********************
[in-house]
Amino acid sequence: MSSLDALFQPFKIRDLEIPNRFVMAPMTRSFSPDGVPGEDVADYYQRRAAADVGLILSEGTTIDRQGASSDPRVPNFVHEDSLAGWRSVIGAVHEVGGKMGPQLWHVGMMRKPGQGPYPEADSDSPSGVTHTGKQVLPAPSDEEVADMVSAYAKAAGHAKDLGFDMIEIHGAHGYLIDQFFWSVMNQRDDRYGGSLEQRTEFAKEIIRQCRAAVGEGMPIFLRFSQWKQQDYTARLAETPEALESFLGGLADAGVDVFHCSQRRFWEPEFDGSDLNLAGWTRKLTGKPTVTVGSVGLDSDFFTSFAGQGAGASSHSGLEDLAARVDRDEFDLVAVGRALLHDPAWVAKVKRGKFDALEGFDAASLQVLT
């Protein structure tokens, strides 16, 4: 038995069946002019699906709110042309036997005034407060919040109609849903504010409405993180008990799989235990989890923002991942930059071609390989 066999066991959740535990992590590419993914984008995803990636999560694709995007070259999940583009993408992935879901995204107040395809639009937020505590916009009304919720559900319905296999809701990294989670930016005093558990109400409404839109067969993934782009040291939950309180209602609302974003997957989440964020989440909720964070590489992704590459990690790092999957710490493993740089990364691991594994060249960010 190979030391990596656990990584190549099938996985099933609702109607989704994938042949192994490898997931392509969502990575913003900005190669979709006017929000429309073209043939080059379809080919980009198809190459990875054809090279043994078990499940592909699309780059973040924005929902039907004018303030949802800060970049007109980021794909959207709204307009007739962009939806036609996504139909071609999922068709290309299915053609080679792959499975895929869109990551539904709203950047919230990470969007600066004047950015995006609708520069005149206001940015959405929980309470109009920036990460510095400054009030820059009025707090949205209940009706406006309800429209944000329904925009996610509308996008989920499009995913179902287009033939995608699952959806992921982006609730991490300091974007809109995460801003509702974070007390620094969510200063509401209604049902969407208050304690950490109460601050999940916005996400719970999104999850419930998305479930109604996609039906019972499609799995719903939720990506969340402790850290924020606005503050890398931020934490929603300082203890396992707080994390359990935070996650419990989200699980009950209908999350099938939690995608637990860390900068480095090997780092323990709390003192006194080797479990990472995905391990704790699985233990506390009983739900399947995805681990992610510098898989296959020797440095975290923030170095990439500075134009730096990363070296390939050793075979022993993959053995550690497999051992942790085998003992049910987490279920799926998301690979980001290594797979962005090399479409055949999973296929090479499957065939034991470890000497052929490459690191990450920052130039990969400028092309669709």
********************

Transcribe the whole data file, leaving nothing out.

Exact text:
[in-house]
Amino acid sequence: MSSLDALFQPFKIRDLEIPNRFVMAPMTRSFSPDGVPGEDVADYYQRRAAADVGLILSEGTTIDRQGASSDPRVPNFVHEDSLAGWRSVIGAVHEVGGKMGPQLWHVGMMRKPGQGPYPEADSDSPSGVTHTGKQVLPAPSDEEVADMVSAYAKAAGHAKDLGFDMIEIHGAHGYLIDQFFWSVMNQRDDRYGGSLEQRTEFAKEIIRQCRAAVGEGMPIFLRFSQWKQQDYTARLAETPEALESFLGGLADAGVDVFHCSQRRFWEPEFDGSDLNLAGWTRKLTGKPTVTVGSVGLDSDFFTSFAGQGAGASSHSGLEDLAARVDRDEFDLVAVGRALLHDPAWVAKVKRGKFDALEGFDAASLQVLT
């Protein structure tokens, strides 16, 4: 038995069946002019699906709110042309036997005034407060919040109609849903504010409405993180008990799989235990989890923002991942930059071609390989 066999066991959740535990992590590419993914984008995803990636999560694709995007070259999940583009993408992935879901995204107040395809639009937020505590916009009304919720559900319905296999809701990294989670930016005093558990109400409404839109067969993934782009040291939950309180209602609302974003997957989440964020989440909720964070590489992704590459990690790092999957710490493993740089990364691991594994060249960010 190979030391990596656990990584190549099938996985099933609702109607989704994938042949192994490898997931392509969502990575913003900005190669979709006017929000429309073209043939080059379809080919980009198809190459990875054809090279043994078990499940592909699309780059973040924005929902039907004018303030949802800060970049007109980021794909959207709204307009007739962009939806036609996504139909071609999922068709290309299915053609080679792959499975895929869109990551539904709203950047919230990470969007600066004047950015995006609708520069005149206001940015959405929980309470109009920036990460510095400054009030820059009025707090949205209940009706406006309800429209944000329904925009996610509308996008989920499009995913179902287009033939995608699952959806992921982006609730991490300091974007809109995460801003509702974070007390620094969510200063509401209604049902969407208050304690950490109460601050999940916005996400719970999104999850419930998305479930109604996609039906019972499609799995719903939720990506969340402790850290924020606005503050890398931020934490929603300082203890396992707080994390359990935070996650419990989200699980009950209908999350099938939690995608637990860390900068480095090997780092323990709390003192006194080797479990990472995905391990704790699985233990506390009983739900399947995805681990992610510098898989296959020797440095975290923030170095990439500075134009730096990363070296390939050793075979022993993959053995550690497999051992942790085998003992049910987490279920799926998301690979980001290594797979962005090399479409055949999973296929090479499957065939034991470890000497052929490459690191990450920052130039990969400028092309669709």